Musically, our theme of the Good Shepherd will be manifest in our hymns and instrumental music this week and will even spill over into next week a little via an anthem setting Psalm 23, fitting for our Cathedral Celebration (April 24). This Sunday, the prelude will be an organ arrangement of Sheep May Safely Graze by J. S. Bach (1685-1750). Originally part of a secular cantata, The Lively Hunt Pleases Me Only, BWV 208. The aria, Sheep My Safely Graze, was actually in praise of the Duke, whose birthday the work celebrated. However, this music has come to mean something different to Christians the world over. On Sunday, you will hear what is known as a transcription. This term is used when a work written for one musical medium, in this case, the orchestra and soprano, is transcribed to be played on another instrument, in this case, the organ. Sunday’s prelude was transcribed by Ellen Jane Lorenz (1907-1996), a chief editor at the Lorenz publishing corporation and a distinguished composer, arranger, and hymnologist. Listen for the lyrical melody played by the oboe of the organ as it “trades off” with an accompaniment of flutes and strings.
The offertory anthem, sung by the Cathedral Choir, will be Offertory by John Ness Beck (1930-1987). A co-founder of Beckenhorst Press and one of the most widely played church composers of his time, Beck’s style of music is really a benchmark for choir anthems that are both accessible and tasteful across a variety of denominations. When I was a teenager, I had the opportunity to work under a choir director and composer, William G. “Bill” Brown (1935-2010), who instilled an appreciation in me for the works of Beck. Bill was, at the time, Music Director at Holy Cross in Pensacola, and I was the organist. I remember how he always said that Offertory was his favorite of Beck’s works (maybe even his favorite anthem), and so I was happy to have found it in our music library here at Christ Church. You’ll notice that the text is all about offering our best to God and our calling to do justice and walk humbly with God. Much like Sheep May Safely Graze, this anthem combined a lyrical melody with a contrapuntal accompaniment for the organ. As a “fun fact,” Beck composed this piece just about 60 miles from Mobile in Perdido Key, Florida, while on vacation in 1987.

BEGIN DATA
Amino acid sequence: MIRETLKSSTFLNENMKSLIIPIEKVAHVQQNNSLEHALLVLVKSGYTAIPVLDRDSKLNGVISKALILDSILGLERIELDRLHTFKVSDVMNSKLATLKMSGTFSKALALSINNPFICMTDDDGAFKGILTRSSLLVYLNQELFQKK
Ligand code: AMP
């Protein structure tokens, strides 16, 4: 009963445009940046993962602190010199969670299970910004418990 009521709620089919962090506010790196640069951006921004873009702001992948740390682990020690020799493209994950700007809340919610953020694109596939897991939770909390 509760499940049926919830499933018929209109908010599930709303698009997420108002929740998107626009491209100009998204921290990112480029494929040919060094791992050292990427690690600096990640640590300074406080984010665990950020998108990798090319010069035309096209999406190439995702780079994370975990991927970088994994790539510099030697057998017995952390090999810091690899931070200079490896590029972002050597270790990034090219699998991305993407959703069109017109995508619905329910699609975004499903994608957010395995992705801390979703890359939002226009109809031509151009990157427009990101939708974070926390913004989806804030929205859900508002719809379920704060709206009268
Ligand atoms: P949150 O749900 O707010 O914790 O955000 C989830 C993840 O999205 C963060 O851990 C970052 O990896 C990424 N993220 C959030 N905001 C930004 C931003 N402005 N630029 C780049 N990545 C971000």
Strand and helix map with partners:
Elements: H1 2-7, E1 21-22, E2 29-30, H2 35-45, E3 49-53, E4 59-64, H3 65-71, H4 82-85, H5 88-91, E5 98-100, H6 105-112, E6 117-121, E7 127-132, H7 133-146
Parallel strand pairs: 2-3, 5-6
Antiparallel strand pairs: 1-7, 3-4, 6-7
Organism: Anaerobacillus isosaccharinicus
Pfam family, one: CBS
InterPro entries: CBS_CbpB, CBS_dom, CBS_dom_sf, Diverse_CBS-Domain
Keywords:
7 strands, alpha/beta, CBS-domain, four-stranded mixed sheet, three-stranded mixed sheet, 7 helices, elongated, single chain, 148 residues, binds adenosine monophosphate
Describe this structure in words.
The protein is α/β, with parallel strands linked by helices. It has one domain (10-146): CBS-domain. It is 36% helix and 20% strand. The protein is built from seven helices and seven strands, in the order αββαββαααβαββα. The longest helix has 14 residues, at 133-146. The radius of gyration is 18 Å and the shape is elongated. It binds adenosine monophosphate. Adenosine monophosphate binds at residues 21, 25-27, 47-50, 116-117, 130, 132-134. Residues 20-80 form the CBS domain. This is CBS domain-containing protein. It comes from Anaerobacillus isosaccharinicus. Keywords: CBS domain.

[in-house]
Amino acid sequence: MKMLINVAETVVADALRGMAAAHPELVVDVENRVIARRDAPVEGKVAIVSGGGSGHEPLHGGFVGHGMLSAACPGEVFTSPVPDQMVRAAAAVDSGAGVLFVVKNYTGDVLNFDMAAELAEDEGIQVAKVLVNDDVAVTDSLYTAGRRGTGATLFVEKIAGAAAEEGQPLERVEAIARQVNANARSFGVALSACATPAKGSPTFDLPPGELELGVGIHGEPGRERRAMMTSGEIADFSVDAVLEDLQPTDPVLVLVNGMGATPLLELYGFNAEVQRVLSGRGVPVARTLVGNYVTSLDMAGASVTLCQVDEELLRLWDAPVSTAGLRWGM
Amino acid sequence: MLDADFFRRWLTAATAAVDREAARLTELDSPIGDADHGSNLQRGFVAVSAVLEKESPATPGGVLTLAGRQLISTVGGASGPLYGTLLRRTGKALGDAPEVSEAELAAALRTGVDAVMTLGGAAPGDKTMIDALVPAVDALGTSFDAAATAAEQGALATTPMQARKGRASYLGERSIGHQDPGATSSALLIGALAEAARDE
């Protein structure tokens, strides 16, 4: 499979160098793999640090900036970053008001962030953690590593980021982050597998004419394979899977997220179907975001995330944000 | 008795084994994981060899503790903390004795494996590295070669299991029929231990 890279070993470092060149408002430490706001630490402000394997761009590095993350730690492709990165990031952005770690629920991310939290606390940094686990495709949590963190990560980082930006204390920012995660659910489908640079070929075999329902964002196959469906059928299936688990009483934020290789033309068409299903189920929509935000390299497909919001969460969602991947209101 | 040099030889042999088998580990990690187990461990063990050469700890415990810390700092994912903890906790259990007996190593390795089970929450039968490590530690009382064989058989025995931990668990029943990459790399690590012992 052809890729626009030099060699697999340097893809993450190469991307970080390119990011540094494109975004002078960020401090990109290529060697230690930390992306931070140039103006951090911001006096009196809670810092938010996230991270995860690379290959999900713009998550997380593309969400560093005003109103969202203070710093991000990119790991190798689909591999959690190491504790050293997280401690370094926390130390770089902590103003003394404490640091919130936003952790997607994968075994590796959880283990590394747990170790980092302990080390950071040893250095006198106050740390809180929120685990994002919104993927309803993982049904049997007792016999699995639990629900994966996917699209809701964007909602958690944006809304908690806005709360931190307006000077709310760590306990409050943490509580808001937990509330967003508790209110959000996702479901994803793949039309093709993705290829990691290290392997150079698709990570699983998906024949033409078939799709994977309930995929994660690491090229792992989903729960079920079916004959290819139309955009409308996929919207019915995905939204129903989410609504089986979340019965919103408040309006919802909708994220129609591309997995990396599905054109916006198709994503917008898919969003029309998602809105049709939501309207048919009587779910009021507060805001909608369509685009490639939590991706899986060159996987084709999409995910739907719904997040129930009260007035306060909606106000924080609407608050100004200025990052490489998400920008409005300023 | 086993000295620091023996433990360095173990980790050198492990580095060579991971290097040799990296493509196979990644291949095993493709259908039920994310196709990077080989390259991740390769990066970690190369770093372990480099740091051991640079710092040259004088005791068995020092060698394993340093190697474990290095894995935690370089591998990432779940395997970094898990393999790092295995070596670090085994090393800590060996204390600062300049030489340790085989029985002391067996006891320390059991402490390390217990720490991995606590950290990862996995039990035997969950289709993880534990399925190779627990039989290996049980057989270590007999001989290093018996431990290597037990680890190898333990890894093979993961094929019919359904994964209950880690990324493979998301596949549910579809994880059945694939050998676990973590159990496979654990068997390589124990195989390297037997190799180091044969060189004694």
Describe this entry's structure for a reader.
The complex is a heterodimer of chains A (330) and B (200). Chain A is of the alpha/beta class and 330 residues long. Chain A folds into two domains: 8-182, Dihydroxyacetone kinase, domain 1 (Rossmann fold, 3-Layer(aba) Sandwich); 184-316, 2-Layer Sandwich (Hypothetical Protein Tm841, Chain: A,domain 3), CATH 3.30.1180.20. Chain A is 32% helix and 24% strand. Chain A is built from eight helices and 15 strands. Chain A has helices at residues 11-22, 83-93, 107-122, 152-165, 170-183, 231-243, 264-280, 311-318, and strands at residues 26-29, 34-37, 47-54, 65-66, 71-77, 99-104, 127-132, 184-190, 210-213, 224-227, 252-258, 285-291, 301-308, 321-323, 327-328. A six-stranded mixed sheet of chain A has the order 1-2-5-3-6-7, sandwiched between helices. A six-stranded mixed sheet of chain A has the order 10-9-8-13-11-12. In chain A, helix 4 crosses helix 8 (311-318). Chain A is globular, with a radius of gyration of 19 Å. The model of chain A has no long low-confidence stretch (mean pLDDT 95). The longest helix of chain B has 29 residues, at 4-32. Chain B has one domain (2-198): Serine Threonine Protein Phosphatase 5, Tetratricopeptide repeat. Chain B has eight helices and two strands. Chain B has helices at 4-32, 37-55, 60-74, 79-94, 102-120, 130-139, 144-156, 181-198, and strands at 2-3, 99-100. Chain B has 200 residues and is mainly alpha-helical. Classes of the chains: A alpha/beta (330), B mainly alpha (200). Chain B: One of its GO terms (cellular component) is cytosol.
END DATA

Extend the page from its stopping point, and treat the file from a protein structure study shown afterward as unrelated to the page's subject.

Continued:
Finally, Sunday’s music ends with a postlude by the obscure composer, Chester Nordman (1895-1973). His piece, Recessional, copyrighted in 1945 and published by Lorenz, is in the style of a “grand march.” It is filled with optimism and brings images of a sunny Sunday morning postlude and a joyful congregation heading out to lunch! Playing music of these mid-century American composers has become a bit of a hobby of mine, and I hope you enjoy discovering these pieces as much as I do. While they are a far cry from the discipline of Bach, Widor, and others, they often have a certain quality that makes them just plain fun to play and hear. As we celebrate the Good Shepherd this week, I hope our music will send you forth with renewed optimism and an assurance of Christ’s love for you.